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Executive and mnemonic impairments have been well documented in the high-risk states for development of psychosis and have been pinpointed as a possible core neuropsychological dysfunction. However, their neurofunctional correlates are still not clear.
fMRI was used in 17 patients at risk for developing psychosis (ARMS, “at risk mental state”), 10 patients with a first episode of psychosis (FEP) and 15 age-matched healthy comparison subjects to examine neural responses to increasing difficulty of mnemonic engagement in an object–location paired associate memory task. Groups were matched in terms of age, IQ, gender, and psychopathology ratings. Accuracy and reaction time were recorded during the scan.
As the mnemonic load increased, response latency increased and response accuracy decreased in an approximately linear fashion. No main effect for group was observed. However, a trend towards decreased accuracy in FEP subjects, as compared with controls, was evident. As the task difficulty increased, increased brain activity was observed in the medial frontal cortex and in the medial posterior parietal cortex. Between-groups differences in activation were observed in a cluster spanning the MFG, SFG and SMA and in the right precuneus. However, these neurofunctional abnormalities were more evident in the most demanding level of the task than in the easy level, with the ARMS groups showing less activation than controls and higher activation than FEP.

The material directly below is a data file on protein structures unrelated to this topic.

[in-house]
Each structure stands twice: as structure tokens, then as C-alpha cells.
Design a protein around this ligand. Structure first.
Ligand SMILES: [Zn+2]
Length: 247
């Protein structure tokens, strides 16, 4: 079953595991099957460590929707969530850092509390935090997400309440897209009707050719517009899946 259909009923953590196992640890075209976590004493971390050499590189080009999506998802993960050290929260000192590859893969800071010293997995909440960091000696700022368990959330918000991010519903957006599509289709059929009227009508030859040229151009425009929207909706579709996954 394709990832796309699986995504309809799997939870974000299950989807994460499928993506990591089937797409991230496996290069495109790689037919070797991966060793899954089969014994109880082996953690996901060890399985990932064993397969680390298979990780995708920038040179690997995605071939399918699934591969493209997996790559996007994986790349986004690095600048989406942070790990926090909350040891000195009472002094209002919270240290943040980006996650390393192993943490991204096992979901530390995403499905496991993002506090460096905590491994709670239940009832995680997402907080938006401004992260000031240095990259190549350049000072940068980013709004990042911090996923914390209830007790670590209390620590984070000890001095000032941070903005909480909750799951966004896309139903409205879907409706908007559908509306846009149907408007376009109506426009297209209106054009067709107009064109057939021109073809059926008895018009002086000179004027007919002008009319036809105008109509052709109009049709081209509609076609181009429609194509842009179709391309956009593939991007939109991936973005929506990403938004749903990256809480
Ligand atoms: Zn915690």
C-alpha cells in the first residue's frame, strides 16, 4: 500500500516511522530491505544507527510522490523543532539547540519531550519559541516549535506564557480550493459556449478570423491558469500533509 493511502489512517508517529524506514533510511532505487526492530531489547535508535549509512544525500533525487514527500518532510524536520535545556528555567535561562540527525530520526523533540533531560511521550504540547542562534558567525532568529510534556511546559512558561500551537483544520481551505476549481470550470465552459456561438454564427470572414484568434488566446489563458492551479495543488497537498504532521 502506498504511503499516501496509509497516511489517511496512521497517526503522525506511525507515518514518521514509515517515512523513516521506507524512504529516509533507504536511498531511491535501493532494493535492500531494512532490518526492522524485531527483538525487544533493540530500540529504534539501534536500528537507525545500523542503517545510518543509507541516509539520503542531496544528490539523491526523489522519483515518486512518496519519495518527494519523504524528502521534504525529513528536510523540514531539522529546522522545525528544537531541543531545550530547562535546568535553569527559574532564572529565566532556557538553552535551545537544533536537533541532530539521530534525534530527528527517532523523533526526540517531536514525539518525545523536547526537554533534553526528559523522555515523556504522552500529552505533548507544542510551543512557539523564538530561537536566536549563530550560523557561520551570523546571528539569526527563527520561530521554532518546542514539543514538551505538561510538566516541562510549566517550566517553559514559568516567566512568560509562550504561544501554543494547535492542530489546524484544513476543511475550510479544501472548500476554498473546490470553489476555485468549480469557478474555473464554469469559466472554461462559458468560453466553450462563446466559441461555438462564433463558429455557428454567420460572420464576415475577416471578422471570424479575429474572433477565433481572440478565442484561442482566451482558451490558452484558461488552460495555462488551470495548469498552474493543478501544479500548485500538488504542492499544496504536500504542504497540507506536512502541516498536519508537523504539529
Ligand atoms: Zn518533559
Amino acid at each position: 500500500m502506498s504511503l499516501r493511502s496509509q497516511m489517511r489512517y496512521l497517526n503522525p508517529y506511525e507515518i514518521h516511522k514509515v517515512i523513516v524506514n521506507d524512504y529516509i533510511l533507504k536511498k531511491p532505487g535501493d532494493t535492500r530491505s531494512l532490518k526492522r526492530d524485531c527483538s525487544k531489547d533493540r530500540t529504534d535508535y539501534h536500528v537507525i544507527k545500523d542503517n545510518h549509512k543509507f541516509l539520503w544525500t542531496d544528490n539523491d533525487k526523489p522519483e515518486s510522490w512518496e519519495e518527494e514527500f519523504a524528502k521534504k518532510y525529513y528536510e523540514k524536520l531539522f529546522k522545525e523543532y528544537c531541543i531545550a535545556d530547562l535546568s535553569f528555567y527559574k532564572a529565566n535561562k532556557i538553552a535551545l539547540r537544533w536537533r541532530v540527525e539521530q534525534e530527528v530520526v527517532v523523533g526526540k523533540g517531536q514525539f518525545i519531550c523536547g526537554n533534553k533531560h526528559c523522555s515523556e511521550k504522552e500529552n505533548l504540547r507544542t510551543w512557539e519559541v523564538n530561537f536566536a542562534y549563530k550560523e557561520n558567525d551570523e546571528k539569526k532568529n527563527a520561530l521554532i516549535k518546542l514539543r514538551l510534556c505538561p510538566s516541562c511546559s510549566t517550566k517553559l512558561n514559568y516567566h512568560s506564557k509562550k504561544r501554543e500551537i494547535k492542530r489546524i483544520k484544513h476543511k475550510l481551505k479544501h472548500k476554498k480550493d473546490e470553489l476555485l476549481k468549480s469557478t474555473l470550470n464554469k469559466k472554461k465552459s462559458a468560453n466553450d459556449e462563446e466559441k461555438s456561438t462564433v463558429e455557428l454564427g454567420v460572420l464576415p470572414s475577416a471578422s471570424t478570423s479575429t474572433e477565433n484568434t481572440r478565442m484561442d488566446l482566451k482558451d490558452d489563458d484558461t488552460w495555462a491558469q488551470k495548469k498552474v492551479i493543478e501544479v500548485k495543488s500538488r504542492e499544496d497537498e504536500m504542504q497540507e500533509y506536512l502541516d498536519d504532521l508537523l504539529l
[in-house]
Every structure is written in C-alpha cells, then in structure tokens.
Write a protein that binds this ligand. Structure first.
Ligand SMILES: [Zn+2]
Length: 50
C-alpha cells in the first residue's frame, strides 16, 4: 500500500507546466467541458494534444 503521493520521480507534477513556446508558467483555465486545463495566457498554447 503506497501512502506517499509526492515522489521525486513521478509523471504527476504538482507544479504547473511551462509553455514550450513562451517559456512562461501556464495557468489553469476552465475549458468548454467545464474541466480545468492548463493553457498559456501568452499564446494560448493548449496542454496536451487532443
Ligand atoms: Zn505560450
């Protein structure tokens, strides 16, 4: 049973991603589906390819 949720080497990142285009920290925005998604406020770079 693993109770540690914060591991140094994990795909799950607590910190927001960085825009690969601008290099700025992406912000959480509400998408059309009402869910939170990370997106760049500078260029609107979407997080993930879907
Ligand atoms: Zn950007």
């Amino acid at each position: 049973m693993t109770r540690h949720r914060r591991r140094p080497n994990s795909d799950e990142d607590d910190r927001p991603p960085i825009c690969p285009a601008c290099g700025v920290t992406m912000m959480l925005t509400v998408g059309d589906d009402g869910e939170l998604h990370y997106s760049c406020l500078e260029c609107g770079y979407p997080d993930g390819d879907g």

Abnormal neural activity in medial frontal cortex and posterior parietal cortex during paired associate learning task may represent a neurofunctional substrates of vulnerability to psychosis.
Object working memory performance is abnormal in the early stages of schizophrenia. Such tasks recruit frontal and temporal cortices, possible sites of progressive change over the early illness course. We wanted to clarify if functional changes can be detected in the early stages of schizophrenia, to identify their anatomical location and their relationship to the stage of illness using a functional object working memory task in which the length of memory delay was manipulated.
40 subjects contributed: 10 first episode psychosis (FEp) patients, 16 with an at risk mental state (ARMS) and 14 healthy controls. We collected functional MRI data while the subjects performed a version of the delayed matching to sample (DMTS) task from the Cambridge Automated Neuropsychological Test Battery (CANTAB).
Behaviourally there was a trend to a group by delay interaction, the two patient groups making more errors at longer memory delays. At successful recognition a main effect of group was detected in the medial temporal lobe bilaterally, while a main effect of delay was detected in the left medial temporal lobe. At each length of memory delay the patient groups showed consistently greater activation of medial temporal regions when performing the task accurately.
Both ARMS & FEp groups showed greater activation than controls in the medial temporal cortex across all lengths of memory delay. These differences were not related to poorer task performance, but suggest an inefficiency mechanism that may correlate with the vulnerability to psychosis rather than pychosis per se.